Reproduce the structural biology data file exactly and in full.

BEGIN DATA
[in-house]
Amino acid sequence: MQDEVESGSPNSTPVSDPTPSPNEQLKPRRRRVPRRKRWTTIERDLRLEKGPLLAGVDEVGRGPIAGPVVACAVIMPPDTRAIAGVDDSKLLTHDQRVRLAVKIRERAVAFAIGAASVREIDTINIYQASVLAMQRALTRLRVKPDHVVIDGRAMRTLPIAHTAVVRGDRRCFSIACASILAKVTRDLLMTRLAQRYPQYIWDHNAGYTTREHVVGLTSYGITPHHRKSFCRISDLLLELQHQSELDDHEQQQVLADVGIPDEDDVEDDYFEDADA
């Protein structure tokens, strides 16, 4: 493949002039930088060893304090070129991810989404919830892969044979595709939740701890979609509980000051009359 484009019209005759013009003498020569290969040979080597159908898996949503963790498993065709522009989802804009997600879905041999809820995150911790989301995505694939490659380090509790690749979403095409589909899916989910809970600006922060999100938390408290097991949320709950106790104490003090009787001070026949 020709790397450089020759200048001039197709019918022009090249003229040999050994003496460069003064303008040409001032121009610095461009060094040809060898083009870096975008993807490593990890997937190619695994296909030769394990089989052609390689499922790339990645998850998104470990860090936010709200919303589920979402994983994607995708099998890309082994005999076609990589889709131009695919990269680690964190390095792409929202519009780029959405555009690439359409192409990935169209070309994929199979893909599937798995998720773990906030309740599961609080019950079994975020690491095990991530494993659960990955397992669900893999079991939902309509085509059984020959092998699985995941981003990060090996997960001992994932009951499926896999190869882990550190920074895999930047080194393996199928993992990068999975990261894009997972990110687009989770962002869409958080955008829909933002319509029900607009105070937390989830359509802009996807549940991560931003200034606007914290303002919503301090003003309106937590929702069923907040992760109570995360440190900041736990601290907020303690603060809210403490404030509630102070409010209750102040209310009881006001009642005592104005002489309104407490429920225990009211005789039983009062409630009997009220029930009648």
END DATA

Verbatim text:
[in-house]
Amino acid sequence: MQDEVESGSPNSTPVSDPTPSPNEQLKPRRRRVPRRKRWTTIERDLRLEKGPLLAGVDEVGRGPIAGPVVACAVIMPPDTRAIAGVDDSKLLTHDQRVRLAVKIRERAVAFAIGAASVREIDTINIYQASVLAMQRALTRLRVKPDHVVIDGRAMRTLPIAHTAVVRGDRRCFSIACASILAKVTRDLLMTRLAQRYPQYIWDHNAGYTTREHVVGLTSYGITPHHRKSFCRISDLLLELQHQSELDDHEQQQVLADVGIPDEDDVEDDYFEDADA
């Protein structure tokens, strides 16, 4: 493949002039930088060893304090070129991810989404919830892969044979595709939740701890979609509980000051009359 484009019209005759013009003498020569290969040979080597159908898996949503963790498993065709522009989802804009997600879905041999809820995150911790989301995505694939490659380090509790690749979403095409589909899916989910809970600006922060999100938390408290097991949320709950106790104490003090009787001070026949 020709790397450089020759200048001039197709019918022009090249003229040999050994003496460069003064303008040409001032121009610095461009060094040809060898083009870096975008993807490593990890997937190619695994296909030769394990089989052609390689499922790339990645998850998104470990860090936010709200919303589920979402994983994607995708099998890309082994005999076609990589889709131009695919990269680690964190390095792409929202519009780029959405555009690439359409192409990935169209070309994929199979893909599937798995998720773990906030309740599961609080019950079994975020690491095990991530494993659960990955397992669900893999079991939902309509085509059984020959092998699985995941981003990060090996997960001992994932009951499926896999190869882990550190920074895999930047080194393996199928993992990068999975990261894009997972990110687009989770962002869409958080955008829909933002319509029900607009105070937390989830359509802009996807549940991560931003200034606007914290303002919503301090003003309106937590929702069923907040992760109570995360440190900041736990601290907020303690603060809210403490404030509630102070409010209750102040209310009881006001009642005592104005002489309104407490429920225990009211005789039983009062409630009997009220029930009648």